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gargamel rules smurfs
on July 23, 2018 at 20:43:50 pm

Employers would prefer not to see any unions at all, or minimum wage laws, or safety regulations. Why should unions have to represent people who don't pay the fees? Why, soon you'll be saying that hospitals will have to pay for the care of people who don't intend to pay...

Don't call me child, sir, I'm probably older than you.

But again, penalizing unions for representing their workers sounds like something you would like anyway.

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excessivelyperky
on July 23, 2018 at 20:44:58 pm

And one more point--if workers get their fees back, they then should have to pay back the benefits they received.

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excessivelyperky
on July 23, 2018 at 23:25:55 pm

Then again, they may have received greater benefits without the *surcharge* to the union.

And Oh BTW, I have probably been in more unions than you.

And why do you look upon employers as some evil Dickensian overlords out of a 19th century sweat house.
Those days are long gone. Modern management has replaced the Scrooge types (except, of course, for the bloated salaries of bloated CEO's (male and female, BTW).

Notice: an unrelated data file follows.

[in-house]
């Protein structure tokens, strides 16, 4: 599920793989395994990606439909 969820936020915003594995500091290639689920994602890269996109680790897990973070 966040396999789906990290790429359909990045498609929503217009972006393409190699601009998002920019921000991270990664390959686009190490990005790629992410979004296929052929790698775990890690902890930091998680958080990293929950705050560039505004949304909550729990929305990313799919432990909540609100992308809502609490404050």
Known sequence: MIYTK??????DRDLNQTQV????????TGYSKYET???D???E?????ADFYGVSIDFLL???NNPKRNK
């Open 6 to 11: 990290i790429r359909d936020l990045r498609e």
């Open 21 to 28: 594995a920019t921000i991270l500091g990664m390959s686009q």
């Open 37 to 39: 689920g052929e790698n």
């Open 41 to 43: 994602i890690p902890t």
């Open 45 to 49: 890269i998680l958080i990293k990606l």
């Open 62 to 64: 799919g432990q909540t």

Have you ever run a major corporation? Have you ever managed real, live working people or does all this animosity towards the employer who provides a decent wage / living come from your *extensive* reading - or is that listening to people of the ilk of Alexandra Occasionally Cortex (but not very often) and her economic theorizing. Yep, the same moron who stole her co-workers tips!

Only I can abuse Smurfs in this fashion. I resent this!

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gargamel rules smurfs
on July 24, 2018 at 06:49:54 am

"[E]xcept, of course, for the bloated salaries of bloated CEO’s (male and female, BTW)" - You might also add, bloated Union Leaders (mostly male, btw)… not to step on your smurf, Mr. Gargamel...

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Paul Binotto